Our cuts will be deeper than Thatcher's, says . . . Osborne? Darling?

The Chancellor's comments on spending cuts have caused controversy, but haven't we heard this somewh

A story that has received considerable coverage this morning is Alistair Darling's admission that, even under Labour, drastic public spending cuts will be necessary.

Asked by the BBC how this government's cuts would compare to Margaret Thatcher's in the 1980s, he said:

They will be deeper and tougher.

Where we make the precise comparison, I think, is secondary to an acknowledgement that these reductions will be tough.

But, hang on. Haven't we heard this somewhere before? Today, the Guardian has the headline "Alistair Darling: we will cut deeper than Margaret Thatcher". Amusingly, a month ago to the day, the Mirror proclaimed: "George Osborne to make spending cuts deeper Margaret Thatcher's".

The article quotes the Tory shadow chancellor as saying:

Yes -- tougher than Margaret Thatcher. We are not shy about taking the tough decisions.

George Osborne has today been quick to jump on Darling's comments as evidence that "Labour has been found out", and has been dishonest in claiming that it can continue to spend.

This is disingenuous: no one denies that cuts will be necessary, but the question, as our economics columnist David Blanchflower, among others, has pointed out, is one of timing.

But Darling's remarks do indicate inconsistency in Labour's position -- the party has appeared torn between a Keynesian agenda and the urge to follow the Tory promises of swingeing cuts, in much the same way as the Tories have clearly felt compelled to out-Labour Labour on the NHS.

The close symmetry of Osborne and Darling's phrasing is almost beyond satire. But this seems to be less a common admission of an indisputable truth (that we must have "tougher" cuts than Thatcher's, asap) and more another sign of the void of ideology that lies at the centre of the present political debate.

Voter apathy is hardly surprising. It doesn't look like much of a choice, does it?

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Samira Shackle is a freelance journalist, who tweets @samirashackle. She was formerly a staff writer for the New Statesman.

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Can Philip Hammond save the Conservatives from public anger at their DUP deal?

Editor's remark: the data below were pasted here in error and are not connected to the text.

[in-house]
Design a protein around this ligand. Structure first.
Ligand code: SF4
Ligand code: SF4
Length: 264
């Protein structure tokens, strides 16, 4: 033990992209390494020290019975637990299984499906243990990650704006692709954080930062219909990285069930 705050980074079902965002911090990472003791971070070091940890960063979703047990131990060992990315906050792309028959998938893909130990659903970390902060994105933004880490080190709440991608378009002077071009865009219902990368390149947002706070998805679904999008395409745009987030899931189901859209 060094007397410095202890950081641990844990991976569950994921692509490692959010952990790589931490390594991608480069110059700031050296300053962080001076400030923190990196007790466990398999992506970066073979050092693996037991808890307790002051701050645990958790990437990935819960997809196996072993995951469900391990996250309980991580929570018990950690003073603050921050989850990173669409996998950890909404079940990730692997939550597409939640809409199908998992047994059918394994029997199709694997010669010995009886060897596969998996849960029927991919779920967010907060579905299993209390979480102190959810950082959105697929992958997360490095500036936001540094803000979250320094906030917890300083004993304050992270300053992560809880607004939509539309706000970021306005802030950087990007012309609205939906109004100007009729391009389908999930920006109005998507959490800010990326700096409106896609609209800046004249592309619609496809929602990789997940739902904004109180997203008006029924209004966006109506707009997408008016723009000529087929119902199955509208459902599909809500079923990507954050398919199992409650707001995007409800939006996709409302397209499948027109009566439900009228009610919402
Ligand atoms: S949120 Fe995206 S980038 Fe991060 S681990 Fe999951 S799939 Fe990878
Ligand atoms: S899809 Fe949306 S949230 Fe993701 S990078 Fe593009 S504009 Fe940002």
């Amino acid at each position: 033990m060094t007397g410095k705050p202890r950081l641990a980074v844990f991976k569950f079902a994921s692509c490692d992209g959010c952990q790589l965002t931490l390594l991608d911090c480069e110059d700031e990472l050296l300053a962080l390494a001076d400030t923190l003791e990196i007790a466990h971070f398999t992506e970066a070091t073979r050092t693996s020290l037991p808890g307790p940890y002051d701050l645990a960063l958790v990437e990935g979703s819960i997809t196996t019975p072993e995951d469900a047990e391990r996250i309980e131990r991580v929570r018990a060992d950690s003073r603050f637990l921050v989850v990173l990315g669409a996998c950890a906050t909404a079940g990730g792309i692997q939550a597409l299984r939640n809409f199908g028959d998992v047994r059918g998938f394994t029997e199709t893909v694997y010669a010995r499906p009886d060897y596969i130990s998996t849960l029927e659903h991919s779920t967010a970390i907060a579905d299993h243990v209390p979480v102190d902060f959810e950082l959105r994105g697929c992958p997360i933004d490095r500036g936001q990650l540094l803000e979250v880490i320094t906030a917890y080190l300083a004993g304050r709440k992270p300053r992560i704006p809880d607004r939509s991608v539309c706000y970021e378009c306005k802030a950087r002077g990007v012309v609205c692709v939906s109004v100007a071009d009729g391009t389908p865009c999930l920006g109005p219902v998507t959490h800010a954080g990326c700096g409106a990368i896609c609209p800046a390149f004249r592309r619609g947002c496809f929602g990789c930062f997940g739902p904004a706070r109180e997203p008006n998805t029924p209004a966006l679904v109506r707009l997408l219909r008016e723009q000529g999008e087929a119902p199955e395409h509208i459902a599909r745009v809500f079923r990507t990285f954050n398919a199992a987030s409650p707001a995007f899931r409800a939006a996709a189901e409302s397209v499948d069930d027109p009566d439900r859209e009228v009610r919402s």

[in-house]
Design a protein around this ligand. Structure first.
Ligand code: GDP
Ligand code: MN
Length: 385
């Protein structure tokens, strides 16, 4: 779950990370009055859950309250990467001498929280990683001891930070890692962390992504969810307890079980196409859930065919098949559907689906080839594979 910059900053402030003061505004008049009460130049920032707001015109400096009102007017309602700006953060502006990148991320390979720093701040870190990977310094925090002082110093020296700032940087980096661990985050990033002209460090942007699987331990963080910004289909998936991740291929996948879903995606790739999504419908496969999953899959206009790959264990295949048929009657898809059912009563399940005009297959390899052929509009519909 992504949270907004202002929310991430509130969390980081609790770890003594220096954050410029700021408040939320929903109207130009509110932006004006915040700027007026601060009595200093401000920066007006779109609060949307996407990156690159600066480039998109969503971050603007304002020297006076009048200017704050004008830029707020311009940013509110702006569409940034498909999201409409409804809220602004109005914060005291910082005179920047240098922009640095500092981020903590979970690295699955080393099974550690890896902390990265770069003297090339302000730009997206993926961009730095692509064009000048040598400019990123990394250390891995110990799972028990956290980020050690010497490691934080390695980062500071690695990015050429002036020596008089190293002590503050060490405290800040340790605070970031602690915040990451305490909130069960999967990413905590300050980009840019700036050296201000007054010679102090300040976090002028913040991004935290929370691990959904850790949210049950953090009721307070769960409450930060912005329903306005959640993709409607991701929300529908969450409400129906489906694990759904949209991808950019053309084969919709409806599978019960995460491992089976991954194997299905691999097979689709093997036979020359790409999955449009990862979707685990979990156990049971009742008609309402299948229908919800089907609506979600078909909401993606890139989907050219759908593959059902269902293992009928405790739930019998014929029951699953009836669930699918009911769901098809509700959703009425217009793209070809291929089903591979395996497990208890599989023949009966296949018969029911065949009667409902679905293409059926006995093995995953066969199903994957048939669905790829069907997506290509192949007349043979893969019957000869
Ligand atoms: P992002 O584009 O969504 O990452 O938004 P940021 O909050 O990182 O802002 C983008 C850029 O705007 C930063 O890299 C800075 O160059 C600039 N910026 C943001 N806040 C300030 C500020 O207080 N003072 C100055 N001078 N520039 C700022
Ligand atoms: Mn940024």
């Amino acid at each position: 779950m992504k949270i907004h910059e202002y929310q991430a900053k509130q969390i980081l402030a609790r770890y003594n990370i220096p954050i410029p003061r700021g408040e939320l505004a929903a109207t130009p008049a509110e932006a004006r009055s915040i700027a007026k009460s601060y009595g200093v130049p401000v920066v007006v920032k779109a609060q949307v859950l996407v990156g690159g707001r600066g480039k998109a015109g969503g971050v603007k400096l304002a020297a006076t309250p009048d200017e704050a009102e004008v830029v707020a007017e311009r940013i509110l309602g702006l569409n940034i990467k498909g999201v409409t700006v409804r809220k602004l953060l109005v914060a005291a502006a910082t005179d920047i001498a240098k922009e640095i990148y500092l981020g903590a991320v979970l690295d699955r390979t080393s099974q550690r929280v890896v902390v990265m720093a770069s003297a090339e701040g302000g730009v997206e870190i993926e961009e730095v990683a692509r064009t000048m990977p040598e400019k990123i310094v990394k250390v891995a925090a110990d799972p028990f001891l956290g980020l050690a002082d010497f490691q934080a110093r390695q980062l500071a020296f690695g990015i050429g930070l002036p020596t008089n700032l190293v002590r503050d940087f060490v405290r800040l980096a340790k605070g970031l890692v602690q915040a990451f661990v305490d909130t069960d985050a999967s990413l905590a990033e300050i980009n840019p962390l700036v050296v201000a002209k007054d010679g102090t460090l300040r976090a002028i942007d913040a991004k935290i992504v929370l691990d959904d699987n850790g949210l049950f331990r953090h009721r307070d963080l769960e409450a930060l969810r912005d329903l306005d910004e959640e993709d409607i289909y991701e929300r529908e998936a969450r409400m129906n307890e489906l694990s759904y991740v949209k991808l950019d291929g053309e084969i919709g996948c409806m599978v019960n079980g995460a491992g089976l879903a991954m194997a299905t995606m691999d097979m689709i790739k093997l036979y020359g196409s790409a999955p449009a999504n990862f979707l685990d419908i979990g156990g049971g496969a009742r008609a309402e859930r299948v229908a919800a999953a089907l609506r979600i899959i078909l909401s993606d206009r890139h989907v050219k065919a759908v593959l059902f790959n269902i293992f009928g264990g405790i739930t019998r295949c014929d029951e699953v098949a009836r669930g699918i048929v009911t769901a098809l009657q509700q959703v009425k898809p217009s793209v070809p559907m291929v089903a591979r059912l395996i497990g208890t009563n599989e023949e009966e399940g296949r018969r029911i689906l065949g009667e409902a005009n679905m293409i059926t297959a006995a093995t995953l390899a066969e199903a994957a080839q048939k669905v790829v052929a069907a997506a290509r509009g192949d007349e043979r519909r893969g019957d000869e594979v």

The Chancellor has the wriggle room to get close to the DUP's spending increase – but emotion matters more than facts in politics.

The magic money tree exists, and it is growing in Northern Ireland. That’s the attack line that Labour will throw at Theresa May in the wake of her £1bn deal with the DUP to keep her party in office.

It’s worth noting that while £1bn is a big deal in terms of Northern Ireland’s budget – just a touch under £10bn in 2016/17 – as far as the total expenditure of the British government goes, it’s peanuts.

The British government spent £778bn last year – we’re talking about spending an amount of money in Northern Ireland over the course of two years that the NHS loses in pen theft over the course of one in England. To match the increase in relative terms, you’d be looking at a £35bn increase in spending.

But, of course, political arguments are about gut instinct rather than actual numbers. The perception that the streets of Antrim are being paved by gold while the public realm in England, Scotland and Wales falls into disrepair is a real danger to the Conservatives.

But the good news for them is that last year Philip Hammond tweaked his targets to give himself greater headroom in case of a Brexit shock. Now the Tories have experienced a shock of a different kind – a Corbyn shock. That shock was partly due to the Labour leader’s good campaign and May’s bad campaign, but it was also powered by anger at cuts to schools and anger among NHS workers at Jeremy Hunt’s stewardship of the NHS. Conservative MPs have already made it clear to May that the party must not go to the country again while defending cuts to school spending.

Hammond can get to slightly under that £35bn and still stick to his targets. That will mean that the DUP still get to rave about their higher-than-average increase, while avoiding another election in which cuts to schools are front-and-centre. But whether that deprives Labour of their “cuts for you, but not for them” attack line is another question entirely. 

Stephen Bush is special correspondent at the New Statesman. His daily briefing, Morning Call, provides a quick and essential guide to domestic and global politics.

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